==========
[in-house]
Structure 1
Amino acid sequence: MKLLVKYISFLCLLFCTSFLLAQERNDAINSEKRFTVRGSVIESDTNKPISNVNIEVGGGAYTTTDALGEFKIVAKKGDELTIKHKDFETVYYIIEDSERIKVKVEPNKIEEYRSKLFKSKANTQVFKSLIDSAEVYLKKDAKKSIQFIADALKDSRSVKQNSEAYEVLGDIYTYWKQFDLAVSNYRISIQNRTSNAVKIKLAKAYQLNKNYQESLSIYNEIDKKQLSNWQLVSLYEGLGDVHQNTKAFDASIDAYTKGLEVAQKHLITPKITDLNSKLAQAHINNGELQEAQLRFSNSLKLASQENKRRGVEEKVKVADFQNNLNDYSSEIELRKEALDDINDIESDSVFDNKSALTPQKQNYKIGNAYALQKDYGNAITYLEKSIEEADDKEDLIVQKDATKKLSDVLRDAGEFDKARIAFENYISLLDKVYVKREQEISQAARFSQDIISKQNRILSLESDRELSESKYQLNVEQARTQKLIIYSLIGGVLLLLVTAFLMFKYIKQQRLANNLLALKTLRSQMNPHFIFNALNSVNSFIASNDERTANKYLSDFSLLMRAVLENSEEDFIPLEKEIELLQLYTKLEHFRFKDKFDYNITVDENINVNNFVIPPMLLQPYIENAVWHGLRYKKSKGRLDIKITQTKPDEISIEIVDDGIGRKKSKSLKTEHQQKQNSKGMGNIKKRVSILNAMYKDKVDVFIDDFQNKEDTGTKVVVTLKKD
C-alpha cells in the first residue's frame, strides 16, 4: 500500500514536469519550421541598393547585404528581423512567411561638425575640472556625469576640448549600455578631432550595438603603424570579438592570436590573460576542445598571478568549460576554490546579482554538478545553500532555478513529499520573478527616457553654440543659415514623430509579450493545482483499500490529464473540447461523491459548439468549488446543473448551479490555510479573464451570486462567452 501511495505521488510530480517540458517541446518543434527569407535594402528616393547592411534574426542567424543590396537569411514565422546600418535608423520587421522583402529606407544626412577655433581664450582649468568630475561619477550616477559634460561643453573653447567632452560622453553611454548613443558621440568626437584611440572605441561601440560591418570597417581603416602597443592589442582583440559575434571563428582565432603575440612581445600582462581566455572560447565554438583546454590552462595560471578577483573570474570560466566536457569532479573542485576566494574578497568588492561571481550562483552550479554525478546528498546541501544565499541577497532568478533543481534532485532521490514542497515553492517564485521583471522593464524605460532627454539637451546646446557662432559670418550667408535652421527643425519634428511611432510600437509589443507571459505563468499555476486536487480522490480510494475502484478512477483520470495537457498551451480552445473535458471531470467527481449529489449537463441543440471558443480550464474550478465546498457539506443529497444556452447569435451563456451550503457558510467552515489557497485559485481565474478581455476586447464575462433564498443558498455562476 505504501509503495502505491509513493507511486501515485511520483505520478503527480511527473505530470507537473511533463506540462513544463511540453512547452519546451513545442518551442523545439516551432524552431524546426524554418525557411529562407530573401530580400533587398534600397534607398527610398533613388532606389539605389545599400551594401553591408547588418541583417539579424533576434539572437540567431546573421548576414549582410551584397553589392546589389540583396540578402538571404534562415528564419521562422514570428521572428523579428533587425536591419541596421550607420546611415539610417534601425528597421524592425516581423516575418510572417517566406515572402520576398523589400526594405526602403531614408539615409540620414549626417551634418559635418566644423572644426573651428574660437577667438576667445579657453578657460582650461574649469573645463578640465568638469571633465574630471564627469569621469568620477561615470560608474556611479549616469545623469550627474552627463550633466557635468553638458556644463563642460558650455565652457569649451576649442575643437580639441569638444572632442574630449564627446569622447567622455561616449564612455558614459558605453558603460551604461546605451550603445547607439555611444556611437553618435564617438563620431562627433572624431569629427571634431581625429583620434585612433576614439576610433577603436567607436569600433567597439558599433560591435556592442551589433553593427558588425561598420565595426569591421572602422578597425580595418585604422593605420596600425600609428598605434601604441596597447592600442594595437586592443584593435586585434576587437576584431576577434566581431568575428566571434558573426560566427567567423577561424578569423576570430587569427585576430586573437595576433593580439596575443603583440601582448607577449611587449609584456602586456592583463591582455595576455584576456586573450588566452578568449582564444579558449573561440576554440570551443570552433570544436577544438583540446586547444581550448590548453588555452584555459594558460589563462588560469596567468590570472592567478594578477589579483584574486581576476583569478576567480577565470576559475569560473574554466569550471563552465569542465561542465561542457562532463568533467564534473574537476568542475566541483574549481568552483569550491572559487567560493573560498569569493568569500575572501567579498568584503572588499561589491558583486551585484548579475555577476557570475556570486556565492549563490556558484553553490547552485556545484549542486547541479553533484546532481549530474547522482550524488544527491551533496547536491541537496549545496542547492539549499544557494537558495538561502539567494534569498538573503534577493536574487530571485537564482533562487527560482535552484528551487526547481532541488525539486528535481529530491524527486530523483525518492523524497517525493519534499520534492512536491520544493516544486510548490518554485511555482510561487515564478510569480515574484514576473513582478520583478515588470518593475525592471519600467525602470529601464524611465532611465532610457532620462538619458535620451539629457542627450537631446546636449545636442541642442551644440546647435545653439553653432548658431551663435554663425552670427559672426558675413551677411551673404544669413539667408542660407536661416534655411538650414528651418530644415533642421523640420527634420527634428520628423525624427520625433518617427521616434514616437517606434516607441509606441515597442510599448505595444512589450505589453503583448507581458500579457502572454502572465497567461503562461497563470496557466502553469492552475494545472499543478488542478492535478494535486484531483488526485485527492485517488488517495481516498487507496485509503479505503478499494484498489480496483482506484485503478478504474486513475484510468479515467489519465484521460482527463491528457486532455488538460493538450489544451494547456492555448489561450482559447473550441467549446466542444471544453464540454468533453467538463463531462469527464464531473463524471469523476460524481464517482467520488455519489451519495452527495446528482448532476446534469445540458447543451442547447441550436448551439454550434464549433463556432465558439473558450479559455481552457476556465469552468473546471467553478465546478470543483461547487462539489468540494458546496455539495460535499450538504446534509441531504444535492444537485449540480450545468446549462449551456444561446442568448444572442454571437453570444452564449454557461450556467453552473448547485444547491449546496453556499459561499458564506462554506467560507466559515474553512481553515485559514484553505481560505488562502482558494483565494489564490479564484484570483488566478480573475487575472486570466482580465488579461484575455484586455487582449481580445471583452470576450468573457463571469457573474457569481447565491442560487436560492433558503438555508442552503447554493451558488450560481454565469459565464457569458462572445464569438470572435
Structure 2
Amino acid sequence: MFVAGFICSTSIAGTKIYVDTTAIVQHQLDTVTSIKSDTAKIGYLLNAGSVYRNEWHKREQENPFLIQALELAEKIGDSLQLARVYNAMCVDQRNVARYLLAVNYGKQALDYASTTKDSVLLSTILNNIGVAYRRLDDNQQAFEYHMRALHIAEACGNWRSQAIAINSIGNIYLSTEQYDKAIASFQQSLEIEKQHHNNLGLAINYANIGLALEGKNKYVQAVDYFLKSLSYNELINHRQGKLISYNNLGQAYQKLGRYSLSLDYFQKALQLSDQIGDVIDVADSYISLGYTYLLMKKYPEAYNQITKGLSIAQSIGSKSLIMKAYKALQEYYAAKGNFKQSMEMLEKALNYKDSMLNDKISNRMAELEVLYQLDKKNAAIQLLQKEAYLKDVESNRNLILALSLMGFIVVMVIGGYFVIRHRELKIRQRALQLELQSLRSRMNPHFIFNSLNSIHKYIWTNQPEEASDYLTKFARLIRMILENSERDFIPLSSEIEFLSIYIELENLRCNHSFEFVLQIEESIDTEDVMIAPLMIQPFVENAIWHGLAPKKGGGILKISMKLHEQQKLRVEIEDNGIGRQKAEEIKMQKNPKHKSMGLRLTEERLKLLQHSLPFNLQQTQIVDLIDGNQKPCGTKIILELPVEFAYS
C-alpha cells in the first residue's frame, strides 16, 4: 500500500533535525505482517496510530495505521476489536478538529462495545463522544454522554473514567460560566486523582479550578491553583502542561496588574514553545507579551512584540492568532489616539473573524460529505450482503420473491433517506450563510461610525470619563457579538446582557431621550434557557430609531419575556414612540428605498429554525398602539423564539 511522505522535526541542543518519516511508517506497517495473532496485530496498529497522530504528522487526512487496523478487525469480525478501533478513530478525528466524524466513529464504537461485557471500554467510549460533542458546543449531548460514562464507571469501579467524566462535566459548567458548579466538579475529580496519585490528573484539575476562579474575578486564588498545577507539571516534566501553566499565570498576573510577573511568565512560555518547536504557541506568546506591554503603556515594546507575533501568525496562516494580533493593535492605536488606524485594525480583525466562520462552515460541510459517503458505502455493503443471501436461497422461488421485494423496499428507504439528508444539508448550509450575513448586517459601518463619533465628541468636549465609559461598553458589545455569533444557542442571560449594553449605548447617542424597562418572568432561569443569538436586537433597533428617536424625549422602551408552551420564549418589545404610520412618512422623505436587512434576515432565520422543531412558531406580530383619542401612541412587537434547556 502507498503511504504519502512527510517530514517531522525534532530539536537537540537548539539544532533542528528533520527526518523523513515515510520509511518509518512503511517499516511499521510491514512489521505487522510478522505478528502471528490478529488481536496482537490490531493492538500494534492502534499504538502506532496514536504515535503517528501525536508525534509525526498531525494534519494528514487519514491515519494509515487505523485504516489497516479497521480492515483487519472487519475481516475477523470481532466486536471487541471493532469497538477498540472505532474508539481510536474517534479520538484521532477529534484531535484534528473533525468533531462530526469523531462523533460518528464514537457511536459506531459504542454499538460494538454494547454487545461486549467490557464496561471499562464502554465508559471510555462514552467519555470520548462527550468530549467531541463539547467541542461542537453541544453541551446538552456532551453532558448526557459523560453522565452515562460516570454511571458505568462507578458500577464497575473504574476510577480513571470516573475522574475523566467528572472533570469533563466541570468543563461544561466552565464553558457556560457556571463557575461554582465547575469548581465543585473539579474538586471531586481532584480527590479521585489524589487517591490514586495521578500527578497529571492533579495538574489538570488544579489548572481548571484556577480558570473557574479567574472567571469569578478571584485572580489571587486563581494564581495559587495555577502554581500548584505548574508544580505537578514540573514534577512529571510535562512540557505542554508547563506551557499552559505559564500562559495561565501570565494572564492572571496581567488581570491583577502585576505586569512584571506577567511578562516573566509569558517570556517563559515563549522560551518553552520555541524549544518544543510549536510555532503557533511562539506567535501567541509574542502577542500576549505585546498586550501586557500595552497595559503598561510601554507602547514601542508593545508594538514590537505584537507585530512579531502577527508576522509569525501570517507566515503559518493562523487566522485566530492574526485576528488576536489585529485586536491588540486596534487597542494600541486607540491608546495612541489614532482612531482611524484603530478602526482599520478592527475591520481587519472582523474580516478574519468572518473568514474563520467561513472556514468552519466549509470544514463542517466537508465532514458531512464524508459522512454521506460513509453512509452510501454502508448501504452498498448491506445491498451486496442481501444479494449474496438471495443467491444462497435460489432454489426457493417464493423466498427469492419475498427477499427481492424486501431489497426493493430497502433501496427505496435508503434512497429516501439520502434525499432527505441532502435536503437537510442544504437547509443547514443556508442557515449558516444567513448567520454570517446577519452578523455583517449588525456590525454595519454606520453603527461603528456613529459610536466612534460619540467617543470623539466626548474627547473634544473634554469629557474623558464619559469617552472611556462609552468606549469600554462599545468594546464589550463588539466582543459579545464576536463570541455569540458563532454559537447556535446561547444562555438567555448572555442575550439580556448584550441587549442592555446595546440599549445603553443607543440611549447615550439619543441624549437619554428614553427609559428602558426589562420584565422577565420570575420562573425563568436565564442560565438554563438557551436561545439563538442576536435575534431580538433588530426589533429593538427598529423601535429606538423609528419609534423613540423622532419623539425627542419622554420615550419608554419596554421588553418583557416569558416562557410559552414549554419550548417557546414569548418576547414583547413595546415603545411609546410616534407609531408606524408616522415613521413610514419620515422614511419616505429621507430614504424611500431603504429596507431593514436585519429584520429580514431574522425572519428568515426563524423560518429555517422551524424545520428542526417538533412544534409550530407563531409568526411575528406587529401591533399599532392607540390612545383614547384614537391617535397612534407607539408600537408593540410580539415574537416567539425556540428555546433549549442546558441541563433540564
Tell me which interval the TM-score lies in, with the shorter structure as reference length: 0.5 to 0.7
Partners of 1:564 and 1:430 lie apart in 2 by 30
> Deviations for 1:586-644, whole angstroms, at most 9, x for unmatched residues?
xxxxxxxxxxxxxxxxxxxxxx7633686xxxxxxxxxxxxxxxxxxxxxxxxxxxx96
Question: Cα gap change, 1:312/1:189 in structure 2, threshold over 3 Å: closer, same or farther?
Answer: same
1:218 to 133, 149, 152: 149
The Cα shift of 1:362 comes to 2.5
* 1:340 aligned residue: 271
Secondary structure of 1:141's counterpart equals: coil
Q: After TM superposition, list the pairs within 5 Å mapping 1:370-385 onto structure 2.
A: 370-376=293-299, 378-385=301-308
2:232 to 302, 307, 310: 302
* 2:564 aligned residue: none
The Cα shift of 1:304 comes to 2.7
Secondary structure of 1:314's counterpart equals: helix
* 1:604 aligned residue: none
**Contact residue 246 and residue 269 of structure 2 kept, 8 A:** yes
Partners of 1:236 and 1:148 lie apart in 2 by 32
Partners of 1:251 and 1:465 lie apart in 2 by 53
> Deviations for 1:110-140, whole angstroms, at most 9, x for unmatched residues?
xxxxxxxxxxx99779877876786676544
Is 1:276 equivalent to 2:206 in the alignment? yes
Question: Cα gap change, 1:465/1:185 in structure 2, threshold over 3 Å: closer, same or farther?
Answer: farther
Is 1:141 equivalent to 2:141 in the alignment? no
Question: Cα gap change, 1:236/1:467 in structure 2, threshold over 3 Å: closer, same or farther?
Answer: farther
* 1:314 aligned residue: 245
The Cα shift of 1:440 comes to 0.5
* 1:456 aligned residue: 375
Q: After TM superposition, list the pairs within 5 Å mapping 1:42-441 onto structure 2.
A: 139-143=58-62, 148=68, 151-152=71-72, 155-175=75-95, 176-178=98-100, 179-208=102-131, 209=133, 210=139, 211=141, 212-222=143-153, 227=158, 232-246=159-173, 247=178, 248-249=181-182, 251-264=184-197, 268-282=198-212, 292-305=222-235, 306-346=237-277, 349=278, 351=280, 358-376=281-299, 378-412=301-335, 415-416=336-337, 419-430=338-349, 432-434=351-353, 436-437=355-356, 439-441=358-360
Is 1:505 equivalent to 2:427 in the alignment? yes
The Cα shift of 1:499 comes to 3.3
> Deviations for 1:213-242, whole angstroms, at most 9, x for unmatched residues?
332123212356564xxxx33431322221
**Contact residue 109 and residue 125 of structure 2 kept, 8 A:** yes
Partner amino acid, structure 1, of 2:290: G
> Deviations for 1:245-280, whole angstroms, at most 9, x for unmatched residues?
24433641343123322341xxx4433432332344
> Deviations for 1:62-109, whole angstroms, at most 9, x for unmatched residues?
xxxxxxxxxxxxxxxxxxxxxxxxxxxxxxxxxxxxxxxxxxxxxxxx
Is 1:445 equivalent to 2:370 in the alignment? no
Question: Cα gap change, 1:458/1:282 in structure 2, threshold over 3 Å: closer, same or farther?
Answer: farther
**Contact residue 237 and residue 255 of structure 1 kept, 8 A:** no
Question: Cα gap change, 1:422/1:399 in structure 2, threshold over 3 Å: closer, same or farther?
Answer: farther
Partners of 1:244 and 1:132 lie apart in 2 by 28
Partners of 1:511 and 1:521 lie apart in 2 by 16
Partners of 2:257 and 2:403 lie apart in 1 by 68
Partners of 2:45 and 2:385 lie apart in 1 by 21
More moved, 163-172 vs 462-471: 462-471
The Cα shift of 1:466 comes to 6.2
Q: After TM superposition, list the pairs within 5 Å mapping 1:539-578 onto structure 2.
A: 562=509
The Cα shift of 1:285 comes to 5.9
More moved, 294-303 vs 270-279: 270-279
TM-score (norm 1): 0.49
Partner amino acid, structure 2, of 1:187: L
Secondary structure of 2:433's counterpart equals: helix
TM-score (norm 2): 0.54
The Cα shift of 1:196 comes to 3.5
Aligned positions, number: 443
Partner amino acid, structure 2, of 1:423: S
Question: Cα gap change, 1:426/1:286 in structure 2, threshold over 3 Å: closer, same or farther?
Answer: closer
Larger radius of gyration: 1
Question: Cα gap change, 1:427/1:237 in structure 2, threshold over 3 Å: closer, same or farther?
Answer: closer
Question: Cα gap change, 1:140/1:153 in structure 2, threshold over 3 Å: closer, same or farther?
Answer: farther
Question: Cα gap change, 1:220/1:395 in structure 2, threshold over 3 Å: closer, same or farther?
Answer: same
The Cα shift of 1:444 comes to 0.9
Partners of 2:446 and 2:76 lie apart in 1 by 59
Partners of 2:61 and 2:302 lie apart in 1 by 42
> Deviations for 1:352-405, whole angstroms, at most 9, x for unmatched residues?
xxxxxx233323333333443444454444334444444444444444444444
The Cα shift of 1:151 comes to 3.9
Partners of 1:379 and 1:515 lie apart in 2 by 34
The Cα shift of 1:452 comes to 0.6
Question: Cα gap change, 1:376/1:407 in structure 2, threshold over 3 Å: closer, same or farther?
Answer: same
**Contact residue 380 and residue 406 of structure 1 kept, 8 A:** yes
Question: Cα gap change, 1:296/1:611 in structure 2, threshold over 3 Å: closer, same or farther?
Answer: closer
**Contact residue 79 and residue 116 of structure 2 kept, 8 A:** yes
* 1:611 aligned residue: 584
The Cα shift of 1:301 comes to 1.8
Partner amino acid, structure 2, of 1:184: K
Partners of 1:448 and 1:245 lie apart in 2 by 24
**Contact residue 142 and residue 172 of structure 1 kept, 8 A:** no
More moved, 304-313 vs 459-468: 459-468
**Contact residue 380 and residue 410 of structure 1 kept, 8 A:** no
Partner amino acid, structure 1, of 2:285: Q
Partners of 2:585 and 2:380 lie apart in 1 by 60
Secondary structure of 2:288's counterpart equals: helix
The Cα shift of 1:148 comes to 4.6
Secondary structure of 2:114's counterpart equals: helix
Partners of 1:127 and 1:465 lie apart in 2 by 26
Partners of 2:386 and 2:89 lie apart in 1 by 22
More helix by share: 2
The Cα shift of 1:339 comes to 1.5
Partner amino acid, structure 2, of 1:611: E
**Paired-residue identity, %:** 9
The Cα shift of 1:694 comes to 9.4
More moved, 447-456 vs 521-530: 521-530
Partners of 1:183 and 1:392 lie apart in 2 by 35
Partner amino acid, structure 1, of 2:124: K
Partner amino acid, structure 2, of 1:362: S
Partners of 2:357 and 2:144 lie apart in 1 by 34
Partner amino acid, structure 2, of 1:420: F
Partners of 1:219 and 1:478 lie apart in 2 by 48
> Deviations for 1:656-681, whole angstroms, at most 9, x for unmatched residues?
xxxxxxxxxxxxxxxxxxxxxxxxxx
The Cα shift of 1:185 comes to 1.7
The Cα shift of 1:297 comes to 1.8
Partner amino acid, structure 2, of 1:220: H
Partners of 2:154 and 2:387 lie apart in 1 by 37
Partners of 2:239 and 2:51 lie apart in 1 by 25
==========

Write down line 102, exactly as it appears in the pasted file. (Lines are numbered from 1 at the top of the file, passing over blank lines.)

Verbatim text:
More moved, 304-313 vs 459-468: 459-468